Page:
Other changes were in the offing as Jacob Cockrell made an Excise Entry on 13th September 1844 on the same lines as Fricker’s.  Hardly had the dust settled than Prudence Ashby/Ashley returned to the scene making her Entry as Tenant once again, until a John Bull around 1852/53.  Some time after 1842 Jacob Cockrell must have sold the premises, for the actual owner until his death in 1877 was Mr. W.S. Smith; the details of the Sale after his death refer to “FREEHOLD PROPERTY” viz. (firstly) “All that Old-established, Fully-licensed PUBLIC HOUSE, called the Red Lion Inn, with the Slaughterhouse, Stable, Pig Styes, Yard and Garden…occupied by Mr. T. Noad at £15 per annum” and (secondly)  “ the 6 quarter MALTHOUSE adjoining, occupied by Mr. T. Holdway at £9 per annum.” It notes “Both properties are well supplied with excellent water”. In the Insurance Policy of 1841 the property is described as thatched, with a communicating thatched Malthouse (albeit the kiln only used for drying grain), and with a nearby Brewhouse. The occupants were thereafter a succession of members of the Noad family – Thomas from 1856 to 1902, and his Will dated 3rd November 1902 (and a Codicil of 15th January 1903) declares him to be “butcher and licensed victualler of Road, Somerset” and refers to his bequest of “the premises called or known as the Red Lion, Road and the butcher’s shop, slaughterhouse, stable and garden situate at Road. Also the Malt house or Building in Fore Street, Road and orchard and paddock in rear of the same” (Fore Street is probably another name for Lower Street, as was Frog Street). Edward Thomas Noad succeeded Thomas about 1903.  His Will dated 22nd June 1904 “…of the Red Lion Inn, Road in the Parish of North Bradley” includes the words “I give…the Red Lion Inn, the Brew house Buildings, orchard and paddock adjoining”.  Between 1904 and the mid 1920s the keepers were Mrs. Florence Julia Noad, Walter Randolph Noad, and Mrs. Gertrude Noad.  Florence was the sister of Edward Thomas Noad, Walter was his brother, and Gertrude Annie was Walter’s widow!  The first mention of an ‘outsider’ thereafter is one Peter Robinson. After him came a Mr. Price, John Martin, and Robinson again, and, after World War II, G. E. S. Fricker and John Wood. John’s tenancy was subject to disturbance, so he complained, from the 24-hour striking of the newly restored Jubilee Clock.



Extracts from Harry Hopkins Collection


Rode Major Misc 2 1855-1865:


Rode Hill held their Fete on 21st. May 1932 at The Vicarage and raised about £30. Skittling had to be postponed and Mr Martin permitted players to use the Red Lion alley to play off the men's game on three evenings of the coming week.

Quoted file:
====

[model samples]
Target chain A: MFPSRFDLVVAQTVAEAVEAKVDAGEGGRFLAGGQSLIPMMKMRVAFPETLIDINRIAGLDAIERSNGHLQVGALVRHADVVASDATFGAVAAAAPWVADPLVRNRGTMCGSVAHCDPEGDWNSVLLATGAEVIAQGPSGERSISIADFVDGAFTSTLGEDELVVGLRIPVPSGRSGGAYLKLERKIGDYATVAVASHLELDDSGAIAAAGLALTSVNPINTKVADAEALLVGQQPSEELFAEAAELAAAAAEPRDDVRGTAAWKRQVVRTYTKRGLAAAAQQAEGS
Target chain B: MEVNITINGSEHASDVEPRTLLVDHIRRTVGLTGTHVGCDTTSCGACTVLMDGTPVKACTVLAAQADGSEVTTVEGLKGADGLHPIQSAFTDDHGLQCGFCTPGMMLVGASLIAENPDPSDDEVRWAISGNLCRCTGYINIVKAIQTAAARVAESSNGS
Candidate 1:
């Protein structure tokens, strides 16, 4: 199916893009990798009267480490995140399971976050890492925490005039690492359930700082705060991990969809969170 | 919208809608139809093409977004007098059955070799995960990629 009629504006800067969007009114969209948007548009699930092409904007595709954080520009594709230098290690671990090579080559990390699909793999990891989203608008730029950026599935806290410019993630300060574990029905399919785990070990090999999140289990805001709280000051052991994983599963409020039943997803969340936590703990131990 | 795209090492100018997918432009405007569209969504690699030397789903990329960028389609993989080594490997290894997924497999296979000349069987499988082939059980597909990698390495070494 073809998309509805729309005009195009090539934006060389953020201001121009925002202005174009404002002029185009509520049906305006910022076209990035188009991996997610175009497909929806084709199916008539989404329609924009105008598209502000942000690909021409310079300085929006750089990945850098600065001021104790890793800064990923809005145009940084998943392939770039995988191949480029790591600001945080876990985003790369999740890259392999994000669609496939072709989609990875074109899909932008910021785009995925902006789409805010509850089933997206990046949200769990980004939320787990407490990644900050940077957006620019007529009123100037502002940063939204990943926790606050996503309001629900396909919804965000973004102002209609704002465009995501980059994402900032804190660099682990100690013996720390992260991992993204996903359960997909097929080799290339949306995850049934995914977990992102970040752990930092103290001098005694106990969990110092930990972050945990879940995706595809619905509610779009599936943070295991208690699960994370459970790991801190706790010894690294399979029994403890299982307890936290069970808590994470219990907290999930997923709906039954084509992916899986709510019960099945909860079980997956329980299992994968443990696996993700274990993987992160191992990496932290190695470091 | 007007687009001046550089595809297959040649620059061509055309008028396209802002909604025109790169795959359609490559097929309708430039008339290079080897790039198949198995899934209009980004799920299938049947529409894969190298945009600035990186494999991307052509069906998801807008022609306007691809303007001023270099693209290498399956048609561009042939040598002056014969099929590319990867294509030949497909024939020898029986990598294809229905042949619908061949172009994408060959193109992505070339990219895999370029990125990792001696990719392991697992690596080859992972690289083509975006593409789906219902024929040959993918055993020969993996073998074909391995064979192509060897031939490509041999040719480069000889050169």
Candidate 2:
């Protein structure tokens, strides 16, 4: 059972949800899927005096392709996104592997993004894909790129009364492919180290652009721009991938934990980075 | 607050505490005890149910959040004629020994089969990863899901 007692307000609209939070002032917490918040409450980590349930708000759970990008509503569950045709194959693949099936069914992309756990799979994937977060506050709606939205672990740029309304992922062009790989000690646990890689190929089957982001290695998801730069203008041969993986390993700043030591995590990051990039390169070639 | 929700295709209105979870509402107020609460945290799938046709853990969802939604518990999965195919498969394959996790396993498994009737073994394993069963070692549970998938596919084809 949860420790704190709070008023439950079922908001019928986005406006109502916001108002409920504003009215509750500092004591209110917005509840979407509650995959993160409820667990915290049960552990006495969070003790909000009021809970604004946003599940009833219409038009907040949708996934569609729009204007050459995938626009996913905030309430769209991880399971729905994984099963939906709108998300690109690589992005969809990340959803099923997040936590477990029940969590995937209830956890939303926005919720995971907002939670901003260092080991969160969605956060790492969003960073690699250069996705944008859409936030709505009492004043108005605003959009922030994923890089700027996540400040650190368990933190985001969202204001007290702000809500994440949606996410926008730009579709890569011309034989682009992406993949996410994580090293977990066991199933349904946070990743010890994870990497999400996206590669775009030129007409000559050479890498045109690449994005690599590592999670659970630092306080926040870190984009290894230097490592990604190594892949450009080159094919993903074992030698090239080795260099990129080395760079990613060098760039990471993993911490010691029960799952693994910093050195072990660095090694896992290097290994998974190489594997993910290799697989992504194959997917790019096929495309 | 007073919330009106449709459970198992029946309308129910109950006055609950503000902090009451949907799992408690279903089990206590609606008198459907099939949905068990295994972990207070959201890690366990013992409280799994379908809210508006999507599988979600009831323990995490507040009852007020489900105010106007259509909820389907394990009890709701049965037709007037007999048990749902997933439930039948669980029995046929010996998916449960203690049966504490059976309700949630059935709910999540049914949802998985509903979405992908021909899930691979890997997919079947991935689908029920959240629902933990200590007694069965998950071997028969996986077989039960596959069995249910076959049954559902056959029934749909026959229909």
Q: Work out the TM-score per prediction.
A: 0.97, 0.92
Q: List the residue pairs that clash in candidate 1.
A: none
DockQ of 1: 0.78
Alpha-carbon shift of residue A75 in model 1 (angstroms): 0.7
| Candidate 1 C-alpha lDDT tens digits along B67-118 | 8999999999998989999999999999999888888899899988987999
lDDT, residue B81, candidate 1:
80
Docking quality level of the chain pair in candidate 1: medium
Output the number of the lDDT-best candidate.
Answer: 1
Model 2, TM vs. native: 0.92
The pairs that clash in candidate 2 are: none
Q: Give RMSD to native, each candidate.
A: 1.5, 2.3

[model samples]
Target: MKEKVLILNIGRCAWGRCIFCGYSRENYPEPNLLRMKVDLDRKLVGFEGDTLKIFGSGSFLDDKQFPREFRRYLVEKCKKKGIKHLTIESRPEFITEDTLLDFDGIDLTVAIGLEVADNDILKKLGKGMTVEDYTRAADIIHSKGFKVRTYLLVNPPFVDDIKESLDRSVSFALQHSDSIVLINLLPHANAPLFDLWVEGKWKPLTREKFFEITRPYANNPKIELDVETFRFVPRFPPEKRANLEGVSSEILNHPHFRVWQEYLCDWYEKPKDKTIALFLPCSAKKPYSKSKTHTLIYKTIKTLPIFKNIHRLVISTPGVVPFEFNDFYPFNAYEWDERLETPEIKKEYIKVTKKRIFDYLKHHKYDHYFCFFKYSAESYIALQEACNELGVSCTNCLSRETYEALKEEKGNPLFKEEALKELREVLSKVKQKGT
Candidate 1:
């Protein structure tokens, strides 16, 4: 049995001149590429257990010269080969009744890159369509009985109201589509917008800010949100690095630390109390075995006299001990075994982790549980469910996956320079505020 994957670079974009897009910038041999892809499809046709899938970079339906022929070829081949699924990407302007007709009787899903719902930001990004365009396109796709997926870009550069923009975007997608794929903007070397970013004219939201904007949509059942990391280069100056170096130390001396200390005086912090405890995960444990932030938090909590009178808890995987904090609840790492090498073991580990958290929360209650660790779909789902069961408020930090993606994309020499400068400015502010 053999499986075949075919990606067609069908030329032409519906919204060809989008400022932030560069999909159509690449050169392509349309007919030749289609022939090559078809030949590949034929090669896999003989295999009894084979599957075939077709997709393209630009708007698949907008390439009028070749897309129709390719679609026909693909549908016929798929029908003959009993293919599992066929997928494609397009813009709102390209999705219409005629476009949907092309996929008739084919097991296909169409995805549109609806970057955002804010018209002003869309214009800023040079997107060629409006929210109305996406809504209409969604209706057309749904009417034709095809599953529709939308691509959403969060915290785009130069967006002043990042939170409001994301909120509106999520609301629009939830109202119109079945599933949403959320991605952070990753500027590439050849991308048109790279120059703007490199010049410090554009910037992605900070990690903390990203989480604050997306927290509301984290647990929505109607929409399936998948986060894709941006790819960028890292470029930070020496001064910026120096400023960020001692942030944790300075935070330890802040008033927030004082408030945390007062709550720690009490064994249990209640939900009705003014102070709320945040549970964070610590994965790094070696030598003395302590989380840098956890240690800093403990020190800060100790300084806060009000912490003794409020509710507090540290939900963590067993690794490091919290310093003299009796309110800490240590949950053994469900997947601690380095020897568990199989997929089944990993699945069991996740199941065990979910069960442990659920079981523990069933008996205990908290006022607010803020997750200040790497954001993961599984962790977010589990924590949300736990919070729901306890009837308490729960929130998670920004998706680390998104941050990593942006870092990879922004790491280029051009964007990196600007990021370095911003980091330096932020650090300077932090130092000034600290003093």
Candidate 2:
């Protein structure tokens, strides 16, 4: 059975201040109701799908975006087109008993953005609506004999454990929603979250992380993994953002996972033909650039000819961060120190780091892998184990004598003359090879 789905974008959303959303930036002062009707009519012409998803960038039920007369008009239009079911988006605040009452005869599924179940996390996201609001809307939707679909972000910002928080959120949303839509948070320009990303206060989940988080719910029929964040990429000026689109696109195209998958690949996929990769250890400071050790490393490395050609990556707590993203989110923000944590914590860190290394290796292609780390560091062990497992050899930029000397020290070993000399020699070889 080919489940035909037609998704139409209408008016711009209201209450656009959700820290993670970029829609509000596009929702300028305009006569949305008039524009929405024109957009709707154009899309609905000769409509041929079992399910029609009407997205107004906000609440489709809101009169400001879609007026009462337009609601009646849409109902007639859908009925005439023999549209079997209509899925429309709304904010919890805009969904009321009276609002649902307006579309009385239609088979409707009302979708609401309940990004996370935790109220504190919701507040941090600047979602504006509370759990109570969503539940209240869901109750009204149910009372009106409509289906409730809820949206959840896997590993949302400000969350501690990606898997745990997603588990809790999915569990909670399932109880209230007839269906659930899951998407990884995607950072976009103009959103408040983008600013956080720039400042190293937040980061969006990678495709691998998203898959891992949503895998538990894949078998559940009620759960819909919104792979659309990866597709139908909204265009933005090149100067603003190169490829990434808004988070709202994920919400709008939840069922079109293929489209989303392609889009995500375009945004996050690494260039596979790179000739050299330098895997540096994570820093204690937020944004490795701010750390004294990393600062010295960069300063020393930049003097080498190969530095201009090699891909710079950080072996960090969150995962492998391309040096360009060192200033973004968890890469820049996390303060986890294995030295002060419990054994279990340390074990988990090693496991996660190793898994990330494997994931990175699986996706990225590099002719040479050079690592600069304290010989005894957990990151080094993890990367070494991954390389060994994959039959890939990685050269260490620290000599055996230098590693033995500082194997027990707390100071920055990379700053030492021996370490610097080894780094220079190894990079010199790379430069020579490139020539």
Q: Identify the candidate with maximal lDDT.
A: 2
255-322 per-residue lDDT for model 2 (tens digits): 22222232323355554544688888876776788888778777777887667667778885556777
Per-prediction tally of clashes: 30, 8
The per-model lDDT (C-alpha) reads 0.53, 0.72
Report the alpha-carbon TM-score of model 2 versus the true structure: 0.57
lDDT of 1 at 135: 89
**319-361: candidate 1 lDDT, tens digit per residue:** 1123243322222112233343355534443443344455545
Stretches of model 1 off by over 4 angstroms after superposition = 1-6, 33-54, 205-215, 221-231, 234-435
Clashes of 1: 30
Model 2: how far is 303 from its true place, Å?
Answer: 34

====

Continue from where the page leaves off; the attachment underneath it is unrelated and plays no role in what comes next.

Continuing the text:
Road 1859


On 15th. February 1859 an inquest was held on a Rode boy aged 9 years. The report said:-


An Inquest was held at the Red Lion Inn before G. Silvester Esq on the body of Edward Martin aged 9 years. It appeared that on Saturday night the deceased was on a boiler in the back part of his father's house when from some cause unexplained he fell forward on his head inflicting such severe injuries that he died shortly afterwards. The Jury returned a verdict of 'Accidental Death'.


The family lived at Sydney Alley.


Rode Mixed Bag to 1999:








On 8th. August 1723 Benjamin Edwards, a Tallow Chandler, insured his house, the Red Lyon Inn, in the occupation of Robert Moore, for £100; for his brew house £10; for his stable £20; for his cellar £40 and for a newly built house in Road (uninhabited) £100. He also insured the Baptist Meeting House in Road (which was part of the Red Lion complex and later turned over to a stable with a loft over) for £30. (As late as 1877 reference was made to this chapel when an attempt was made to sell the premises). Edwards’s total insurance cover was £300.


Rode in 1885:


On 18 December the shop of John Freeman, tailor and outfitter of Rode, caught fire. Fortunately nearby were several local men who organised a steady supply of water and it was only through their actions that the fire was brought under control. As it was considerable damage was done by the fire and water but luckily the premises and stock were insured in the Sun Life Office. It was thought that Mr Freeman junior was using a lamp in search of articles under the counter when some paper caught fire. Flames soon spread to the drapery section of the shop where several parcels of goods still to be unwrapped were severely damaged.


It was only the prompt action of local men that saved premises and stock from being totally destroyed and T. Noad of the Red Lion Inn and George Wells were instrumental in putting the fire out. They actually entered the shop and applied water to the fire which at stages was quite intense. Those two men were at the end of a chain of men passing water along to the point of the fire.

Freeman’s shop was where number 23 High Street now is.


Rode in 1888:


On 2 October (the date and month for the annual rent audit) the annual villagers’ Allotment Dinner took place at the Red Lion Inn, Road (Mr. Noad provided the catering) where four prizes were made. These prizes arose as follows.


Rode in the 1940s:


Vaughan Martin (1940)

On 7th February 1940 Vaughan Martin, one of the twin sons of Mr J. Martin of the Red Lion Inn, Rode, died at the Stroud Hospital. Vaughan was aged 18 years and had been employed as a waiter at the Bear Hotel in Stroud. He had become ill with pneumonia and died shortly afterwards. The Martin family came to Rode from East Stour near Gillingham about 11 years ago.




The Red Lion Inn (left) c1900




Noad's sign at the Red Lion Inn 1999

Writing over door of the Red Lion referring to the Noad family, possibly Thomas, discovered during renovation in 1999

Remnants of Noad's painted sign above the door of the Red Lion Inn before ‘renovation’.  The word 'victualler &' can just be made out.




Red Lion c1925




landlord E Marchant c1925




landlord E Marchant c1925




Red Lion c1935




Red Lion group 1954